I wish I knew at the time that teaching that skill to others was another source of income; I would have made millions starting an academy. Even though there were days and weeks that I didn’t have a single customer, at least I knew that one customer in a month with two satellite dishes would give me 10,000 FCFA, and if I had five customers in a month, I would be making just about the minimum wage in Cameroon added to the other minor sources of income I had.
What lessons can you learn from this story if you are wearing the graduation gown this December? Times and personal circumstances may differ, but I bet you that there are plenty of lessons you can learn from my experience, a few of which I have highlighted below:
1. Reflecting on my journey, I realise I could have utilised digital resources for more than social networking. For graduates like myself, it’s crucial to explore online courses, webinars, and digital networking to enhance professional growth. These tools offer vast opportunities for skill development and global connectivity.
2. My experience taught me the significant impact of mentorship, or the lack thereof. As a graduate, I recommend actively seeking mentors who can offer guidance, advice, and insights. A good mentor can provide a roadmap through complex career landscapes and offer invaluable wisdom.
3. My formal education was just the beginning. Continuous learning, as I found with platforms like YALI, is essential. I advise graduates to constantly seek new knowledge, especially in rapidly evolving fields, to stay relevant and adaptive.
4. My varied engagements in teaching, sand business, and satellite dish installation were crucial. I learned the importance of not relying on a single income source. Graduates should be open to exploring multiple, sometimes unconventional, income streams for financial stability and growth.
5. My success in satellite installation revealed the importance of practical skills alongside academic knowledge. I encourage graduates to acquire and refine practical, hands-on skills that are in demand in today’s job market.
6. My return to the village was challenging, but it taught me resilience. For graduates, it’s vital to stay resilient and persistent, even when facing setbacks. Life’s path isn’t always smooth, but perseverance can lead to unexpected opportunities.
7. Having ‘good’ family and friends all around you and providing value to your community is a source of support and opportunity. I advise graduates to actively engage with their communities and build a supportive network. Relationships can open doors that degrees and skills alone cannot.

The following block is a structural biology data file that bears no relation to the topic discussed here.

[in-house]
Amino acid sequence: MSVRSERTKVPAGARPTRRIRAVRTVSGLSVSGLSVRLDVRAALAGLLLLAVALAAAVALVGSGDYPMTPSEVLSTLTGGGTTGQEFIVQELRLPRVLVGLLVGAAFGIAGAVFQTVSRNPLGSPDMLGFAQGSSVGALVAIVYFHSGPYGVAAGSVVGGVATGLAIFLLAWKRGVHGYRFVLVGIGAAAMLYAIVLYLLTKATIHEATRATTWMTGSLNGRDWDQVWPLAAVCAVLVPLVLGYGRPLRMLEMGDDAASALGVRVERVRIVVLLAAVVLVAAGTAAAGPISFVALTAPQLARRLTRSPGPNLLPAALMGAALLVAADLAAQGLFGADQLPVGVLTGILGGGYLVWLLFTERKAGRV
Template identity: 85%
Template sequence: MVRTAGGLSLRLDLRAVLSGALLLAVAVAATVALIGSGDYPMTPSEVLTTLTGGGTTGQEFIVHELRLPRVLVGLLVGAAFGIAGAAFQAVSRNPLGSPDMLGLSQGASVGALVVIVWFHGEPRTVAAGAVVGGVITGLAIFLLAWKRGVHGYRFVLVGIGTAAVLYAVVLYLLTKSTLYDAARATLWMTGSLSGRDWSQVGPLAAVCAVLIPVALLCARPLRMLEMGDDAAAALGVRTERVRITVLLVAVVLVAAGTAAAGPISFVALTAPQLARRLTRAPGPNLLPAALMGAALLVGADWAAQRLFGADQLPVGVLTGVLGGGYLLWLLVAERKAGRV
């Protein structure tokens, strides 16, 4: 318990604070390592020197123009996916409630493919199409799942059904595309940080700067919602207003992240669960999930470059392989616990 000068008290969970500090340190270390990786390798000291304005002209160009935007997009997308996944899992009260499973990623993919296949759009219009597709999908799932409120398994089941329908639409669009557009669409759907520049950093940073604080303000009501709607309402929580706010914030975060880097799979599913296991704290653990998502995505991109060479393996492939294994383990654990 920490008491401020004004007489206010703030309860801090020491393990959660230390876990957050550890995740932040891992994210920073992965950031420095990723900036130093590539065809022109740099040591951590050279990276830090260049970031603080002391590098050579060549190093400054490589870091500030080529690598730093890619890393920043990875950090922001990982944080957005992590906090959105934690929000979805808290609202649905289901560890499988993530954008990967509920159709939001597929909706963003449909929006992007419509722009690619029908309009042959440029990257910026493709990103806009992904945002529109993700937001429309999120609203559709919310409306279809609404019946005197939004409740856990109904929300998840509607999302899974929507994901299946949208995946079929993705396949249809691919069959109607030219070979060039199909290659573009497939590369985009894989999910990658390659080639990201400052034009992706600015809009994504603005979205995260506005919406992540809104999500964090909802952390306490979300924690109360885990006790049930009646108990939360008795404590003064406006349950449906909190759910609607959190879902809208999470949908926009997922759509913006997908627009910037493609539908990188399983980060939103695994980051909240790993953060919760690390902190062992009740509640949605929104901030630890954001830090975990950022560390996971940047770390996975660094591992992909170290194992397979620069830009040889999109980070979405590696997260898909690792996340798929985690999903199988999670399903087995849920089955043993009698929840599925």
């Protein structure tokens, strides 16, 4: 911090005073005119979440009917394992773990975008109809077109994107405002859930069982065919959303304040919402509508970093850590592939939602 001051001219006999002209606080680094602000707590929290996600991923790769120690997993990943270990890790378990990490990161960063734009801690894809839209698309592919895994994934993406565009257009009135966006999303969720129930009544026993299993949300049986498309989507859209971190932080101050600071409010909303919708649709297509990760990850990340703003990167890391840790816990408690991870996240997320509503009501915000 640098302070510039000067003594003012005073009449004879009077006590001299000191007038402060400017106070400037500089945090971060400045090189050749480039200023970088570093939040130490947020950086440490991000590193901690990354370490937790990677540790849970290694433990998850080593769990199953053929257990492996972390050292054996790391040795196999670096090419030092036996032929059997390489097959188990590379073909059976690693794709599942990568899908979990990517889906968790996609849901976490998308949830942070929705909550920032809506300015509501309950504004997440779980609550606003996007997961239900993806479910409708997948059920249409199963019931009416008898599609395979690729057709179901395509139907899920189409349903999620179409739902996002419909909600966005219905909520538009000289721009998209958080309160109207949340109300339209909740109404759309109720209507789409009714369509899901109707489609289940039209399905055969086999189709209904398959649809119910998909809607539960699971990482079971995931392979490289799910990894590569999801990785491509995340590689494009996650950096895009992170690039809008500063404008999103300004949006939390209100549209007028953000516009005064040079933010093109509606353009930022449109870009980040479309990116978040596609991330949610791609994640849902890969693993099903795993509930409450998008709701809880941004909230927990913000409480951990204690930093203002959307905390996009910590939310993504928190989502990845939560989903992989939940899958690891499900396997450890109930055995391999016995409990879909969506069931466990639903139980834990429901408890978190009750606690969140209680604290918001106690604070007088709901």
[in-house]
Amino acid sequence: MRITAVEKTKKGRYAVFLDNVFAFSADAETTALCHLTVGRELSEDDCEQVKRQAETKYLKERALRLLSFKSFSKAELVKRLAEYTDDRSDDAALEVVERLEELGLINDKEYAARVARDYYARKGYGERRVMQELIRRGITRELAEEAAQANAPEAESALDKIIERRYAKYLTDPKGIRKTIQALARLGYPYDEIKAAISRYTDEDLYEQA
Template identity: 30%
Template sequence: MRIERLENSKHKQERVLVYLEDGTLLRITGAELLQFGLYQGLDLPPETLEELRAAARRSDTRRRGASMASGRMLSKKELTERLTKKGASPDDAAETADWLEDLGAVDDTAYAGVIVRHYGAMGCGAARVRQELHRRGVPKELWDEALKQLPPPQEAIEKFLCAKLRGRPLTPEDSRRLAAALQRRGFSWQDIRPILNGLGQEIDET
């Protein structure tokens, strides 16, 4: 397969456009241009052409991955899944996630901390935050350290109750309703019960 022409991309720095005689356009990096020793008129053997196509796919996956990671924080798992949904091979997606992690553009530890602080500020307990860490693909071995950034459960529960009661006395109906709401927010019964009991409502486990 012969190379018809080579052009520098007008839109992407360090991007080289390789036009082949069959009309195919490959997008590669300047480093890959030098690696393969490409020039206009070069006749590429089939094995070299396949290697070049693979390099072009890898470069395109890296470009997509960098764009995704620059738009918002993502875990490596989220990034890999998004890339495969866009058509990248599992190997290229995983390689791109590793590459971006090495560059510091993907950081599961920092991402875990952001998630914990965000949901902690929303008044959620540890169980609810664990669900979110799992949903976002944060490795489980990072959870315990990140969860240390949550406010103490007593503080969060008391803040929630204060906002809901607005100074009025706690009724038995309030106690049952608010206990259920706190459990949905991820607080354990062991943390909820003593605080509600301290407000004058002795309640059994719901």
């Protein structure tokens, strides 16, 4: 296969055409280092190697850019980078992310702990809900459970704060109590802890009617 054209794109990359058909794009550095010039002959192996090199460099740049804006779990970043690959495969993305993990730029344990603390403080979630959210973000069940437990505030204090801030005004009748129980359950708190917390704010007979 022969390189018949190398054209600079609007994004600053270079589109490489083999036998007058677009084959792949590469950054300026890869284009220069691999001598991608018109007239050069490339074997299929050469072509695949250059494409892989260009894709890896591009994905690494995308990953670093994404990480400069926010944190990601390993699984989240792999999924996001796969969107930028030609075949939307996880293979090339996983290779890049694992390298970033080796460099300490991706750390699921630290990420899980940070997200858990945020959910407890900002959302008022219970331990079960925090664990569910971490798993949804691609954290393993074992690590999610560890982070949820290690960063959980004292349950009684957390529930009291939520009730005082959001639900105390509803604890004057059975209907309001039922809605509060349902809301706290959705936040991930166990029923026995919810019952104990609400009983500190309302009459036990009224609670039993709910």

8. Teaching history was my passion, but it didn’t pay much. Graduates should strive to find a balance between following their passions and making practical decisions, especially regarding financial stability.
9. My addition of entrepreneurship to academic work shows the importance of being adaptable. Graduates should be open to changing their career paths as new interests and opportunities arise. Flexibility can lead to fulfilling and unexpected career journeys. I have continued today with Ngenge-PostGrad Solutions and Africa Online & Publications Library.
10. My move back to the village highlights the disparities between rural and urban opportunities. For graduates, understanding these differences is key. There’s potential in exploring ways to introduce innovative solutions to rural areas, bridging the gap, and finding new opportunities in less obvious places.
Reflecting on the journey that I have had so far, I can’t help but feel a sense of fulfilment. It has been anything but ordinary—a mix of opportunities, challenges, resilience, and unexpected turns. From the bustling halls of the UB to the valley of Tabenken and beyond, each step has been a lesson, each setback a hidden opportunity.
The digital age, with its boundless possibilities, was at my fingertips from the very beginning, yet I initially failed to harness it. The lessons I’ve learned are not just mine to keep but to share.
I encourage everyone putting on their graduation gowns and entering the job market to embrace the digital world but not let it enslave them. Seek mentors, engage in continuous learning, and never underestimate the value of practical skills. Be resilient, adaptable, and always remember that every challenge is cloaked in opportunity.
Embrace the unexpected, find wealth in simplicity, and understand that true education goes beyond the classroom walls.